Thursday, April 5, 2018

Voltron: Legendary Defender Rewatch 3.6, "Tailing a Comet"

Read the previous entry in the series here!
Read the next entry here!

The ramifications of a once and future leader returning begin to play out as the Paladins continue their fight against the Galra Empire.

3.6, "Tailing a Comet"

Written by Mitch Iverson
Directed by Chris Palmer


The Paladins launch an assault of a Galra facility. Allura proves herself remarkably adept as they clear the facility for the Blade of Marmora. Later, aboard the Castle of Lions, Shiro debriefs to Keith; the two try to suss out recent events, making their chronologies align. Recovery for Shiro is slow, however, although he does return to the bridge of the Castle and resumes command. Pidge reports on ways to track Lotor, both through tracing his recent appearances and through developing a detector to scan for the comet Lotor had previously acquired.

Shortly afterward, Lance confers with Keith about how to proceed in the wake of Shiro's return. He offers to step aside, citing the superior skills of the other Paladins; Keith reassures him that that will not be needed, at least not in the moment.

Not much later, Pidge's detector goes online, and the Paladins follow a signal to what they believe is Lotor's location. As they advance on it, leadership conflicts emerge between Shiro and Keith, and, as the Paladins move into action--springing a trap--the Black Lion refuses Shiro. He remains on the Castle as Keith leads the operation.

In the event, the Paladins find themselves counter-raiding a Galra installation that is already under attack--by another faction of Galra. The installation stores part of the teleportation device the Paladins had used to thwart Zarkon, and its commander is being used--hard--as a patsy by Lotor, the theft meant to cover Lotor's appropriation of the device. And, to make matters worse, the comet Lotor had stolen has been incorporated into a ship of substantial capability--which is deployed against the Paladins and Voltron. The ship deploys to force a choice for the Paladins: allow the teleporter to escape by engaging the ship, or suffer from the ship while taking out the teleporter. Keith and Shiro come into conflict over the matter as Shiro commands the Castle into the fray. In a moment of clarity, Keith destroys the teleporter--but Lotor's ship and the lieutenants piloting it are able to escape.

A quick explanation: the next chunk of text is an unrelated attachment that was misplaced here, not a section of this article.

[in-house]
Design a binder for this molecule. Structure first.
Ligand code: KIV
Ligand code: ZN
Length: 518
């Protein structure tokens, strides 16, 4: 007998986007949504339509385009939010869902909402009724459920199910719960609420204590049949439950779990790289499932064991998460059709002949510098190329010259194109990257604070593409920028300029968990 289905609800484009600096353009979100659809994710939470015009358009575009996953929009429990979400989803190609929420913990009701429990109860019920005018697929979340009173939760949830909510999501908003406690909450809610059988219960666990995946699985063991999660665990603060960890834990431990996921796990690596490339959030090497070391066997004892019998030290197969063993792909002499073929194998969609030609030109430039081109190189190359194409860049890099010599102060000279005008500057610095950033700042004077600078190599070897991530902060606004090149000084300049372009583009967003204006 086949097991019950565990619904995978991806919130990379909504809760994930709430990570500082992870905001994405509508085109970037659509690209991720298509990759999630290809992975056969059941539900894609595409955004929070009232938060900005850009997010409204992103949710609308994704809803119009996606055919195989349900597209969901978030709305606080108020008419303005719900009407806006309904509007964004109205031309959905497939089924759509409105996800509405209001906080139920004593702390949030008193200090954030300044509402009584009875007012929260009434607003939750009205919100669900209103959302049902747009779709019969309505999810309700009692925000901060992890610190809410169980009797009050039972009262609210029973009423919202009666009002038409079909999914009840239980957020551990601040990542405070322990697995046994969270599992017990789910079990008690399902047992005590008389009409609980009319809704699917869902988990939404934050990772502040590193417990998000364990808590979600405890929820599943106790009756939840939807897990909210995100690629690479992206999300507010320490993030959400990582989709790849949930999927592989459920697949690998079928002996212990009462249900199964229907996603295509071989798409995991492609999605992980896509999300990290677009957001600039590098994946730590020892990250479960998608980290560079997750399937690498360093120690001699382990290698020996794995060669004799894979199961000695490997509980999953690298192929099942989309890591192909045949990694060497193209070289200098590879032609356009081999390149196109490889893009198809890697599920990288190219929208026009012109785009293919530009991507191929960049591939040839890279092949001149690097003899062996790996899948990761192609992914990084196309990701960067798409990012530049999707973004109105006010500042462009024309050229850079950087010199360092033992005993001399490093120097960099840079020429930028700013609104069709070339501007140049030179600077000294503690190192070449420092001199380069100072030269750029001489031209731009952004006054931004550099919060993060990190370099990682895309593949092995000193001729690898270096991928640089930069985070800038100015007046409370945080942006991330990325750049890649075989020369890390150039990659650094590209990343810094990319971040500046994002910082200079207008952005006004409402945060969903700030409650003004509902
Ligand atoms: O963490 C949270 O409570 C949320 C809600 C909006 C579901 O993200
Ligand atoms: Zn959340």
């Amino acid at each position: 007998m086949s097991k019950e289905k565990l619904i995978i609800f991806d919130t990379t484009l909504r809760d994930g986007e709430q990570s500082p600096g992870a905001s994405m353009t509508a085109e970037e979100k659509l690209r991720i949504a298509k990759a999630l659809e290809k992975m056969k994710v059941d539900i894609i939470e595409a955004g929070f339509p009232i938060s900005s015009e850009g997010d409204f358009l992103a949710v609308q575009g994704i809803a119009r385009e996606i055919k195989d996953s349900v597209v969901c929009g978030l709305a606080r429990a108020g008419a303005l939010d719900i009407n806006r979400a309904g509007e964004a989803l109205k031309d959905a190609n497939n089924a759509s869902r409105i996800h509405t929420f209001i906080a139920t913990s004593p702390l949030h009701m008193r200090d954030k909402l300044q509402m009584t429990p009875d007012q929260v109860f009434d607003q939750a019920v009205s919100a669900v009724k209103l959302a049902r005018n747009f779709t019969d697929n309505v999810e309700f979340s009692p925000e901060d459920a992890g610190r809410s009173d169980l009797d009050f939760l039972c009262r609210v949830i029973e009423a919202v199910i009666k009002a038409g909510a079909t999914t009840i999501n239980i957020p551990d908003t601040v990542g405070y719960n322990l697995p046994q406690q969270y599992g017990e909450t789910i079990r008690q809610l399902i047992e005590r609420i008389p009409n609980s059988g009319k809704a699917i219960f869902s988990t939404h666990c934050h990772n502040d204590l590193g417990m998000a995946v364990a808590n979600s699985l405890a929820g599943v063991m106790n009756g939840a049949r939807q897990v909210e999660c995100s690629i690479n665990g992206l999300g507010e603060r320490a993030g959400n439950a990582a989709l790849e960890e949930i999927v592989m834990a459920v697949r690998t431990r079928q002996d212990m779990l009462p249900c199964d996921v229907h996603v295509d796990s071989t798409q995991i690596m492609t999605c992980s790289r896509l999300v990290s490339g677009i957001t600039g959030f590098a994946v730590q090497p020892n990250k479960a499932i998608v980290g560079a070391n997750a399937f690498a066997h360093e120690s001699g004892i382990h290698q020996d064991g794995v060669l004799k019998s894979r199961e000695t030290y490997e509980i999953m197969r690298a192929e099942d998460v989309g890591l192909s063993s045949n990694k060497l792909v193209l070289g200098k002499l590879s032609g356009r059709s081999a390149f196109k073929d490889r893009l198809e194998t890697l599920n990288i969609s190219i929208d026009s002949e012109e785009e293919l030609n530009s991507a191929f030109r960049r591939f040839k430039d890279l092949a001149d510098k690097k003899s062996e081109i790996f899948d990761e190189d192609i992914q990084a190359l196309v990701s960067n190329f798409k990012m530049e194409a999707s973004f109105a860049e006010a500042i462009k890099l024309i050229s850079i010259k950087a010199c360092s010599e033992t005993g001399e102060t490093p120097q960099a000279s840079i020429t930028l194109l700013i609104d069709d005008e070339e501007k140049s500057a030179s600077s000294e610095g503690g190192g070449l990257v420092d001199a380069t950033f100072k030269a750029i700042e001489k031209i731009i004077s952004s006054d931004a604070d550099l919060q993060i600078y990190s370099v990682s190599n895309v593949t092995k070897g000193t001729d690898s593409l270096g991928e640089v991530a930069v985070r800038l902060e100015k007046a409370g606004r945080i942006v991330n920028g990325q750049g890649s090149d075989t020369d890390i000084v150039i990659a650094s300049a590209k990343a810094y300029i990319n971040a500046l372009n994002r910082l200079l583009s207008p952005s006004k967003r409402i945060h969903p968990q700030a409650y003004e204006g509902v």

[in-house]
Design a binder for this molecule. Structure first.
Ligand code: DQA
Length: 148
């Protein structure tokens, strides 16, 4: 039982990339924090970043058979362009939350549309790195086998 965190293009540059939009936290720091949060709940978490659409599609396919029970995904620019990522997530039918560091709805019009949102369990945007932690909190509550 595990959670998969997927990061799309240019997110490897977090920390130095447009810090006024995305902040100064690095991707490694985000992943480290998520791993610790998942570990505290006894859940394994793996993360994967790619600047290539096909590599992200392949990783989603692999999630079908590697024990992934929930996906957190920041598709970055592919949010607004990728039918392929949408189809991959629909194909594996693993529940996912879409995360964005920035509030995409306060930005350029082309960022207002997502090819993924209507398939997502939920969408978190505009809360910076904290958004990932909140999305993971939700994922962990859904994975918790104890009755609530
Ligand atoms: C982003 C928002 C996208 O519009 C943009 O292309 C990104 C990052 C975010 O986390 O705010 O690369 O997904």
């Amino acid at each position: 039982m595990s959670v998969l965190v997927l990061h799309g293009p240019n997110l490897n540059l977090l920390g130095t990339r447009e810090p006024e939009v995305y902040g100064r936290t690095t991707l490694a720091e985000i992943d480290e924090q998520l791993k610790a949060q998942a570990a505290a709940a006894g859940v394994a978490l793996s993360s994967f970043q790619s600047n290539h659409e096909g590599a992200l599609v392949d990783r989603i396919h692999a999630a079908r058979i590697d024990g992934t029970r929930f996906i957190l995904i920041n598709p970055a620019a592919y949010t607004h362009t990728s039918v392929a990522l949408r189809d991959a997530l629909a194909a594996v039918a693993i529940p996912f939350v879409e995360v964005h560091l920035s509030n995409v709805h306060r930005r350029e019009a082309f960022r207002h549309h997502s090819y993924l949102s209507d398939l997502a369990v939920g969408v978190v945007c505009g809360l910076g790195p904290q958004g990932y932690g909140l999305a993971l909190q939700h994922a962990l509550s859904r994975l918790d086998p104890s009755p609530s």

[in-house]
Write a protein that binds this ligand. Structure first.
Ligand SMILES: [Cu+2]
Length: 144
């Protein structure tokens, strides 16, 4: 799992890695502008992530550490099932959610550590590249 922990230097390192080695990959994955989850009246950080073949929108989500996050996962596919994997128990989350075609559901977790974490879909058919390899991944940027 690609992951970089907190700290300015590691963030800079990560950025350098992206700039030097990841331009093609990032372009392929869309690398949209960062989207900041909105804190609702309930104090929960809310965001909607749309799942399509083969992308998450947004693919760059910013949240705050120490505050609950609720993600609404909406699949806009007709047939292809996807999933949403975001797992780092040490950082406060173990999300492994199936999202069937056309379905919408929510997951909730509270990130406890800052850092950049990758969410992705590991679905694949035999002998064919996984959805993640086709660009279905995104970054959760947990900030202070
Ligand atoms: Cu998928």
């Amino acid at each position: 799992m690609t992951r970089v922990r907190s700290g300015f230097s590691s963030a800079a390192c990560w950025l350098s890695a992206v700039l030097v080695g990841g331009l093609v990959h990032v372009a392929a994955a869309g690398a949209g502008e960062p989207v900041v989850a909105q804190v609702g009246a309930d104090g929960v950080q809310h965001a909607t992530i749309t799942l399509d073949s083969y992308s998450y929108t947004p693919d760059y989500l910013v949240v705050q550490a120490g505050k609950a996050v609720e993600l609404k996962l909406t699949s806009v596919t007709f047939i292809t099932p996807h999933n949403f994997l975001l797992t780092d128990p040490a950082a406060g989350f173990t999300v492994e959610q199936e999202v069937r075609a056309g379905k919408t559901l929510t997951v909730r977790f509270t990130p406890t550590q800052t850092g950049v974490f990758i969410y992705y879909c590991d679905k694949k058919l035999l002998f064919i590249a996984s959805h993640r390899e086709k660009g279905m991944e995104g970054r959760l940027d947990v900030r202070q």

In the wake of the battle, the Paladins confer about how they will proceed. And the hapless commander of the Galra facility that was raided suffers for his failures.


Of particular note in the episode is the way in which Shiro's foreshadowed return is thwarted. Instead of returning to command of the Paladins in Voltron, he is relegated to the same kind of support and coordination role that Corran has carried throughout the series and that Allura was able to leave behind earlier in the season. While it does make some sense--Shiro is still recovering from his travails, and his seniority means that positioning him outside the main battle affords him the advantages of greater perspective--it also marks another blow to the character and subverts what would otherwise have been the expected course of the narrative. After all, the introductory sequence to each episode continues to show Shiro as pilot of the Black Lion, and children's shows (of which it must be admitted Voltron: Legendary Defender is one) prize the status quo; it would make sense that Shiro return to his former position without trouble.

That he is not able to do so--at least, not at this point--suggests that the promised return of Arthurian figures would be similarly problematic, something conveniently ignored by much of the medieval material that informs popular culture. (It also foreshadows a similarly problematic return to power by Zarkon.) Arthur may be the once and future king, but a future that he could rule well seems a strange place and an inhospitable one; if Shiro could not return to command after the span of a year or less, how much less could the mighty leaders of old to now--or even later? While the problem presented is something that other works have considered, to see it appear in a show directed at the audience Voltron addresses is an interesting shift and one that reminds us that, even though we may well prize what has gone before, we do not well to cleave too closely to it.

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